The format of all of these shows is essentially the same. There is about 10 minutes of actual content whilst the rest of the show is made up of replays and build up. I think the point of this is to increase the level of excitement for the show through fake drama, ridiculous music, slow motion replays and cliffhangers before every ad break. This is despite the fact that cooking is actually the least dramatic thing in the world.

When will people realise that they are baking a fucking cake, which is quite possibly the most boring thing you could ever do after watching paint dry. The only way that baking a cake would ever be dramatic is if you blew the oven up and set the other competitors on fire in the process. Or perhaps if the challenge was to bake a cake that would take somebodies head clean off if thrown in a food fight.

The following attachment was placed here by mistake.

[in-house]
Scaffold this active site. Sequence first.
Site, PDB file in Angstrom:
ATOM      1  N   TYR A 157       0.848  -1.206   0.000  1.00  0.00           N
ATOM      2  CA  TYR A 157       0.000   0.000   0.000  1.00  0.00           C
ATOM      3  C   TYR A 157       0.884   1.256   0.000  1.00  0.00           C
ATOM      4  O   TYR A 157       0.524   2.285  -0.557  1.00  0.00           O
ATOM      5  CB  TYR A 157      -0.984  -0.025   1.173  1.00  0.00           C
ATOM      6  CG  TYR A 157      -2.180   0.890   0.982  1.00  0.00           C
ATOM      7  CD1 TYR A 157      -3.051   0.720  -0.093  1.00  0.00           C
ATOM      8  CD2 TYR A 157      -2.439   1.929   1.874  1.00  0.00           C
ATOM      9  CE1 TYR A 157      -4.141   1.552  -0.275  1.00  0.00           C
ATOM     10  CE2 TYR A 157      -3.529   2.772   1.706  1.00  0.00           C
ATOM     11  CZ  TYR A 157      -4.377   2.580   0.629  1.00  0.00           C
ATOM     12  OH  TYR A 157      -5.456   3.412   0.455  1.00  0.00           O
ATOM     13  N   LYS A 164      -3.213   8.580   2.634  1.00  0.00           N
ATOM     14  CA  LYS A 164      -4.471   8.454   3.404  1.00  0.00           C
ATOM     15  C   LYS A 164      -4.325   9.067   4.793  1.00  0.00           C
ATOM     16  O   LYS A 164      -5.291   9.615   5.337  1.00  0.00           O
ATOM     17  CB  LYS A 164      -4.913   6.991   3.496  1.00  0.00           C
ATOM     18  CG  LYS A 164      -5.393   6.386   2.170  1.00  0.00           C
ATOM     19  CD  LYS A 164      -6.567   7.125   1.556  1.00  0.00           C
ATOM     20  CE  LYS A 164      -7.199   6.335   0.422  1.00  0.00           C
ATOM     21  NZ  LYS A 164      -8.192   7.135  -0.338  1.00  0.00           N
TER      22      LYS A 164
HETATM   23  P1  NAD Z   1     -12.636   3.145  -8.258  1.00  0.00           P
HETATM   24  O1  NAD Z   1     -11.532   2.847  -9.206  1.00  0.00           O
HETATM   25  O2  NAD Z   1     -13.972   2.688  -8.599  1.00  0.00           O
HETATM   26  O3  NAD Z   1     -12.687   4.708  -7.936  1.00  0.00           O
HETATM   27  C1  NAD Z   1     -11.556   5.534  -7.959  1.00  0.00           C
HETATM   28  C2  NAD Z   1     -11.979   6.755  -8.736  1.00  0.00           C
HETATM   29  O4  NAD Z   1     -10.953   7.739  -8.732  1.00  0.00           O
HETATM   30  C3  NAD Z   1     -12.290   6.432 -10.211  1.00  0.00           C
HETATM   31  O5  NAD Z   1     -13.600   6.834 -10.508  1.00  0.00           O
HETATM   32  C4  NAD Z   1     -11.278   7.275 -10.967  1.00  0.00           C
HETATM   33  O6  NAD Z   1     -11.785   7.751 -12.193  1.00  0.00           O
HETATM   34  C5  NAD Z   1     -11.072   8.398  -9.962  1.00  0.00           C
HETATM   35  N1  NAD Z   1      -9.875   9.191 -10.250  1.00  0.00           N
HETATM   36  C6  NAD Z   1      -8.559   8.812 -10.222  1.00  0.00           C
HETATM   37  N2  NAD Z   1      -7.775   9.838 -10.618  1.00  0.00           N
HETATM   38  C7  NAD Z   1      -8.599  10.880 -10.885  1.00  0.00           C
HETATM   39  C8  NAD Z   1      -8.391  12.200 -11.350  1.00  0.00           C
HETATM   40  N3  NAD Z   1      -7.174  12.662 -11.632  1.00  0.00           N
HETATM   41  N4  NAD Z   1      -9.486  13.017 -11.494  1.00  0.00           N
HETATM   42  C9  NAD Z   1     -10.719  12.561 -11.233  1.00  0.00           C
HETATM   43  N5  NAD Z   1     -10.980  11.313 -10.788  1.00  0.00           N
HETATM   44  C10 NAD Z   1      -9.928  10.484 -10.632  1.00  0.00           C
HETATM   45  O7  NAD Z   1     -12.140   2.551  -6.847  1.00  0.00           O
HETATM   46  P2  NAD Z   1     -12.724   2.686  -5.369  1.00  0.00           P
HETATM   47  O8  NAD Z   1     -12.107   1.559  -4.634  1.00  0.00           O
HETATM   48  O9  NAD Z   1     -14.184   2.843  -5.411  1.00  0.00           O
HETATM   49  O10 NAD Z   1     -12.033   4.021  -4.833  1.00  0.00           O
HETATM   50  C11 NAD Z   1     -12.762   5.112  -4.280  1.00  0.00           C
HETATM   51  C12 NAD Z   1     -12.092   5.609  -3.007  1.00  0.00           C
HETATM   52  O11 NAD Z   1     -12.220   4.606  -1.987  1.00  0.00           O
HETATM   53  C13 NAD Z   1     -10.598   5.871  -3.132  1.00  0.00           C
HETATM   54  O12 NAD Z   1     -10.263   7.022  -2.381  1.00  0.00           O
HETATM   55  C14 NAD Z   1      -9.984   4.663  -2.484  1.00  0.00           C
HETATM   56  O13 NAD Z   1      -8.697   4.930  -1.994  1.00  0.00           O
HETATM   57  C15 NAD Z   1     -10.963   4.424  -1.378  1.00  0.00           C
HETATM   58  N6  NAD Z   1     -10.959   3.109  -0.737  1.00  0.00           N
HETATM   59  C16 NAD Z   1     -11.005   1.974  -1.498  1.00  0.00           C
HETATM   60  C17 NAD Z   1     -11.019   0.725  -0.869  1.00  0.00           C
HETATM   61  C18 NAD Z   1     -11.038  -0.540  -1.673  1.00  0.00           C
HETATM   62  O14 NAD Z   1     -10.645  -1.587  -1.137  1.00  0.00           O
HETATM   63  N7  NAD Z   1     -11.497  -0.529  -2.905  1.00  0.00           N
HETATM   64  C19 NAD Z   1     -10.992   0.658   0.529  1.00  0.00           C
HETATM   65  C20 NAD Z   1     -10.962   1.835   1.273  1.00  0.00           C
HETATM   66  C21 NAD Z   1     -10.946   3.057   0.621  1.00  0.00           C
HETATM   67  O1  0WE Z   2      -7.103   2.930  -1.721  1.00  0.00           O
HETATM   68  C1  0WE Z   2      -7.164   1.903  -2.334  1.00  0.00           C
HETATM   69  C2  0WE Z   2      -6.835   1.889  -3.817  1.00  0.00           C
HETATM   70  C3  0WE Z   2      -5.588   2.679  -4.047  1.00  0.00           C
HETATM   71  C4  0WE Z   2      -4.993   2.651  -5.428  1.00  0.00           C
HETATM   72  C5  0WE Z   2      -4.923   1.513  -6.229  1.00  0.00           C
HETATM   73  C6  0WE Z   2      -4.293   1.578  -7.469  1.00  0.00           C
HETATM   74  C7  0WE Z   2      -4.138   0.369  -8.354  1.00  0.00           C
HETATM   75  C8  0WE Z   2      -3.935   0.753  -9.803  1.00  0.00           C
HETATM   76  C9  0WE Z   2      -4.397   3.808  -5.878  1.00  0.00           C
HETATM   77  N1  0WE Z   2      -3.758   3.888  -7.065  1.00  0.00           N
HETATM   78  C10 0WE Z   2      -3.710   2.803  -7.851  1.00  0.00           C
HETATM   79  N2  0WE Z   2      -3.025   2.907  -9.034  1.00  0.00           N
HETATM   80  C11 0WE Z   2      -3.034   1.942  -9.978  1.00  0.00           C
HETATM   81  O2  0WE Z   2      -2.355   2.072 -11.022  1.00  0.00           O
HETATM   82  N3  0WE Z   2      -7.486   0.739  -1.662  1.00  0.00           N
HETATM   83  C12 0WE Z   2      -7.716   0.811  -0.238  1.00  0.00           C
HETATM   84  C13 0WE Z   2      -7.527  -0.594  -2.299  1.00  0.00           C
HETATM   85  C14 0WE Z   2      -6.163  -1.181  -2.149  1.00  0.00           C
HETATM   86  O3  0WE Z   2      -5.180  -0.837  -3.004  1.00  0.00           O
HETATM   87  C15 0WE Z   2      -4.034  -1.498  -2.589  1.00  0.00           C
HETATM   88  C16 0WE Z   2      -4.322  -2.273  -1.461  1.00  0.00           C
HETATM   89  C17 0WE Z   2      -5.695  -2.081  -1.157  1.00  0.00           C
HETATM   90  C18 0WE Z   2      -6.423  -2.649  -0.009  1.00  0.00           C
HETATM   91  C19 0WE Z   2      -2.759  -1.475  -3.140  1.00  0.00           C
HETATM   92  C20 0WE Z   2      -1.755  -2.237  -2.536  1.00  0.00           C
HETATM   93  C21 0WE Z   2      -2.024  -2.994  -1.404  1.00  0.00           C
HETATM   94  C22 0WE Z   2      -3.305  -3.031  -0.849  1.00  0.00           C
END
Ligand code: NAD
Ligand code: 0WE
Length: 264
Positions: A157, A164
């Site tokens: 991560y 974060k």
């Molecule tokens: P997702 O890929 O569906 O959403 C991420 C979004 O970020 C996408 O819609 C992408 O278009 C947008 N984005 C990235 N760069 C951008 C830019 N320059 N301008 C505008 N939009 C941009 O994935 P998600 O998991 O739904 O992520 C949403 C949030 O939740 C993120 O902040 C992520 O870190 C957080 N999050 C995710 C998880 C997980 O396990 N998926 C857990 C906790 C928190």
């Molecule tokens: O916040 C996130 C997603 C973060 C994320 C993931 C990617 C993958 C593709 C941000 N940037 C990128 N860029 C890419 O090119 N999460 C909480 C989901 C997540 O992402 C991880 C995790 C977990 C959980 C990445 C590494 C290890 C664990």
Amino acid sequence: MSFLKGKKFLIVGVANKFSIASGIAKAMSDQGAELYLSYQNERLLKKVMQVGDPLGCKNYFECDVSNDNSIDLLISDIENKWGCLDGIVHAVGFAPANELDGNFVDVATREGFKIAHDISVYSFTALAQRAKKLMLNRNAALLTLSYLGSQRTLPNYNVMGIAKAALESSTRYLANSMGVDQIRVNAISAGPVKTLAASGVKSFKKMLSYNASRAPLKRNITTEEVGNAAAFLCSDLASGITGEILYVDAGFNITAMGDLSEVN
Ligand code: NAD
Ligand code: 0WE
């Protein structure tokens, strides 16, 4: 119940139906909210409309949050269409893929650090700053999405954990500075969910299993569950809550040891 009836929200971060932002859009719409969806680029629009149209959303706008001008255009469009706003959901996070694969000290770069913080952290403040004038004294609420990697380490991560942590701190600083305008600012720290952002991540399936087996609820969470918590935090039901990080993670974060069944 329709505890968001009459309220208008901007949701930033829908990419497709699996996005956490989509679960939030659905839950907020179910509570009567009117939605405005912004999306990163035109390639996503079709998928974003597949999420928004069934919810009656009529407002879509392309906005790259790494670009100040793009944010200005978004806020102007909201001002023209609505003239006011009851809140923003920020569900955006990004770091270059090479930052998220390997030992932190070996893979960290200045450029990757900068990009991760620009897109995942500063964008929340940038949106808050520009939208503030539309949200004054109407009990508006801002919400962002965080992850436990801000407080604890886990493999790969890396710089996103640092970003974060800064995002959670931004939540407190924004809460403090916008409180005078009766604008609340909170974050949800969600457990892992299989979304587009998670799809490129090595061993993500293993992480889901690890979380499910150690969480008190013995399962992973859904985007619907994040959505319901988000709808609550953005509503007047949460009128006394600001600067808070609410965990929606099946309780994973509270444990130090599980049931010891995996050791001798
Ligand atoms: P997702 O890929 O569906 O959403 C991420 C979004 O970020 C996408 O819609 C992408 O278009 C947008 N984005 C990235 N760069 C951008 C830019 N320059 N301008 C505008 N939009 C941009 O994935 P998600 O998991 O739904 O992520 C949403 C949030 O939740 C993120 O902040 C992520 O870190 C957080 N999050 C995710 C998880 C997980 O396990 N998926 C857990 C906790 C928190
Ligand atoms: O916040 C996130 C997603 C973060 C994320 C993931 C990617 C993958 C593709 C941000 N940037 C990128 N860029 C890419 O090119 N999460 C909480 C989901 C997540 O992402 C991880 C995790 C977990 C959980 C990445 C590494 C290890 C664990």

Baking a cake quite possibly the most boring thing you could ever do after watching paint dry

After 6 months of drawn out episodes, ‘shock’ exits, returns, and every other generic plot-twist you can think of. Eventually they will choose a winner. This is all well and good, but the winner will then go on to host their own cooking show which only adds another one to the number of cooking shows on TV.

The worst, most annoying thing about all of these cooking shows though is how they make everybody watching think that they are some kind of undiscovered Masterchef. I’m sorry, but cutting up a cucumber and some cherry tomatoes then placing it around a bit of chicken before posting a photo on Instagram doesn’t make you a Masterchef, any more than walking around the block makes me an Olympic athlete. It makes you a person who can place food on a plate. Well done… Although my parents wouldn’t let me near knives, I was still able to do that when I was 5.